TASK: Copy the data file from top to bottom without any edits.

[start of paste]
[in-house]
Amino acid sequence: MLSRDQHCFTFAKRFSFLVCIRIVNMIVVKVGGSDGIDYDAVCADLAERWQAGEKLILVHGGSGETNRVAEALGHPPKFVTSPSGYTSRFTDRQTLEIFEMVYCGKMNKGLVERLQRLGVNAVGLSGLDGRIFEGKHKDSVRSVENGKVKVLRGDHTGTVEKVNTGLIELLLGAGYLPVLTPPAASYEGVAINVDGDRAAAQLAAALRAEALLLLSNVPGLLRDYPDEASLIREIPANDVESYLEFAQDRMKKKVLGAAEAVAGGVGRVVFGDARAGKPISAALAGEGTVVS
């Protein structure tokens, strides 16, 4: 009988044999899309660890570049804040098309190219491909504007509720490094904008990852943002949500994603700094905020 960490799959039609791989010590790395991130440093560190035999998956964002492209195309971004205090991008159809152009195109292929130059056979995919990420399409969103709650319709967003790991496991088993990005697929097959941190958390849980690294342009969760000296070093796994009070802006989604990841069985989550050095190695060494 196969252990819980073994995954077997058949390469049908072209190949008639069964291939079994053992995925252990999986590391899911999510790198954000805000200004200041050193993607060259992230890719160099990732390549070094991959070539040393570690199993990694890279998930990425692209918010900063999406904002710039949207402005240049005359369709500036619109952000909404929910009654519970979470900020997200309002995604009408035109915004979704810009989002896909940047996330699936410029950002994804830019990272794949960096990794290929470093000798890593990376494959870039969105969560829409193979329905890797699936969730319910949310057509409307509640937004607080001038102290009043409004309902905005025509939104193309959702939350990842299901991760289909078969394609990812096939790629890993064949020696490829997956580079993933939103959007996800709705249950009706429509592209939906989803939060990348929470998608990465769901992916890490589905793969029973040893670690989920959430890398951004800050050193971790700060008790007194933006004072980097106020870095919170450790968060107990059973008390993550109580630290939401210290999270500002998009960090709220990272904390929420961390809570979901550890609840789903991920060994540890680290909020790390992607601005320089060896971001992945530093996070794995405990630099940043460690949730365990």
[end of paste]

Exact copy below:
[in-house]
Amino acid sequence: MLSRDQHCFTFAKRFSFLVCIRIVNMIVVKVGGSDGIDYDAVCADLAERWQAGEKLILVHGGSGETNRVAEALGHPPKFVTSPSGYTSRFTDRQTLEIFEMVYCGKMNKGLVERLQRLGVNAVGLSGLDGRIFEGKHKDSVRSVENGKVKVLRGDHTGTVEKVNTGLIELLLGAGYLPVLTPPAASYEGVAINVDGDRAAAQLAAALRAEALLLLSNVPGLLRDYPDEASLIREIPANDVESYLEFAQDRMKKKVLGAAEAVAGGVGRVVFGDARAGKPISAALAGEGTVVS
């Protein structure tokens, strides 16, 4: 009988044999899309660890570049804040098309190219491909504007509720490094904008990852943002949500994603700094905020 960490799959039609791989010590790395991130440093560190035999998956964002492209195309971004205090991008159809152009195109292929130059056979995919990420399409969103709650319709967003790991496991088993990005697929097959941190958390849980690294342009969760000296070093796994009070802006989604990841069985989550050095190695060494 196969252990819980073994995954077997058949390469049908072209190949008639069964291939079994053992995925252990999986590391899911999510790198954000805000200004200041050193993607060259992230890719160099990732390549070094991959070539040393570690199993990694890279998930990425692209918010900063999406904002710039949207402005240049005359369709500036619109952000909404929910009654519970979470900020997200309002995604009408035109915004979704810009989002896909940047996330699936410029950002994804830019990272794949960096990794290929470093000798890593990376494959870039969105969560829409193979329905890797699936969730319910949310057509409307509640937004607080001038102290009043409004309902905005025509939104193309959702939350990842299901991760289909078969394609990812096939790629890993064949020696490829997956580079993933939103959007996800709705249950009706429509592209939906989803939060990348929470998608990465769901992916890490589905793969029973040893670690989920959430890398951004800050050193971790700060008790007194933006004072980097106020870095919170450790968060107990059973008390993550109580630290939401210290999270500002998009960090709220990272904390929420961390809570979901550890609840789903991920060994540890680290909020790390992607601005320089060896971001992945530093996070794995405990630099940043460690949730365990």